Sandra Pinel, Antioch University New England
The Governance Working Group was formed at the first MtnSEON annual meeting in 2013, by Greg Greenwood, Sandra Pinel, and Mike Evans, to address the structure and process of how decisions are made and where science fits into this complex process among agencies, local and tribal governments, scientists, and other sources of knowledge and action. The group has grown internationally. Through the development of papers, conference sessions and a Belmont Forum Grant proposal, the group is applying a social ecological systems framework and engaged research methodology to the following two research questions: 1) How can scientific information support equitable and effective decision-making toward resilience? and 2) How are institutions developed at multiple scales to apply science and local and indigenous knowledge in decisions to address the persistent problems of scale and inequitable local capacity in complex peri-urban and rural regions? The project first synthesizes institutional analysis frameworks from legal studies, watershed governance, political economy, and regional planning and then applies the framework to draw lessons from comparing case studies of watershed governance in metropolitan and rural mountain landscapes.
Building upon the comments received from the June 2015 submitted comparative grant proposal to the Belmont Forum to submit two other proposals: one that is Latin American case study oriented to the Tinker Foundation, and one to the National Science Foundation, Interdisciplinary Behavioral and Social Science Research (IBSS) building on the work of members in EPSCoR.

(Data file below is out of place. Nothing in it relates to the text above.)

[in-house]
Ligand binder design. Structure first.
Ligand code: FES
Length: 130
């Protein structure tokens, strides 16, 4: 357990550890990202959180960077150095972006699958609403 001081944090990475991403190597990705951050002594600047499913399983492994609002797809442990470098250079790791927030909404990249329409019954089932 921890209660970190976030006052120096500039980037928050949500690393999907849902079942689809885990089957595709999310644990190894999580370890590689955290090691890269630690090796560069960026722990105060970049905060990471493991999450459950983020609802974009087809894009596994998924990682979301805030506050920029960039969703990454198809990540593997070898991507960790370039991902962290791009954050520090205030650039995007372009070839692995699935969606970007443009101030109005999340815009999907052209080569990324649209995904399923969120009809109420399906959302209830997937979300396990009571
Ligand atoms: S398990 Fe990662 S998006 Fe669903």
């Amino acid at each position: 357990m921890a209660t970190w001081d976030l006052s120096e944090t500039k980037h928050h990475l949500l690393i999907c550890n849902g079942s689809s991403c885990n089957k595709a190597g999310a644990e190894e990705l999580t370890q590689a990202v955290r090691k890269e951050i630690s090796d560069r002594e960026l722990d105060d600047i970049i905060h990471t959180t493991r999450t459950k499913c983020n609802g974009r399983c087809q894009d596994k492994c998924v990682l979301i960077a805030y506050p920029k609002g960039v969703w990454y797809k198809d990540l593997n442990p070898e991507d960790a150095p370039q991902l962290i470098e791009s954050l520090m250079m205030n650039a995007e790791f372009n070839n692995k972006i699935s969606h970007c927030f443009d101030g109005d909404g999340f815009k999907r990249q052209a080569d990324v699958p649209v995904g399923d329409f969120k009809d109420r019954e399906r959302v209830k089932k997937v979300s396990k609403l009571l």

July 2016 Governance Roundtable accepted for the World Planning Schools Congress in Rio de Janeiro, Brazil where we will further develop collaborative research paper and funding plans as begun below and for the Belmont.
October 2015 participation and group growth at the Perth III: Mountains of Our Future Earth conference - 2 papers and transboundary governance roundtable as well as agendas forward from the transdisciplinary science sessions.
Developing the framework and comparative paper of peri-urban and rural mountain governance studies focused on regional institutional building. The concept also presented at the UN Man and the Biosphere 4th Congress in Lima, Peru, March 2016.
Proposal June 1, 2015 to Belmont Forum for $738,000, 3 years: Building Local and Regional Institutional Capacity to Govern Complex Mountain Landscapes -- Improving Governance Theory and Adaptive Management Practice in Mountain Systems (not funded but the base of current work).
Roundtable at World Planning Schools Congress, July 2016: Overcoming Limits of Decentralization for Adaptive Governance: Comparisons of Regional Institution Building Across Rural to Urban and Rural Mountain Watersheds of the Americas, Authors: Sandra Pinel, Antioch University New England, USA; Pablo Torres Lima, Universidad Autónoma Metropolitana, Mexico; Fausto López, Universidad Técnica Particular de Loja, Ecuador; Manuel Peralvo, CONSESAN, Ecuador; Paulo S. de Almeida, Universidad de Saõ Paulo, Brazil.
Paper presented, October 2016: Is “Local” Enough in Climate Change And Regional Institution Building From Three Landscapes of the Americas, Perth III: Mountains of Our Future Earth. Being developed as manuscript for World Development. Proposed for Frontiers.
Stakeholders in science: new models of knowledge production for climate change. Authors, Nicole L. Klenk, Katie Meehan, Sandra Lee Pinel, Fabian Mendez, Pablo Torres Lima, Daniel M. Kammen, Published in Science, November 13, 2015.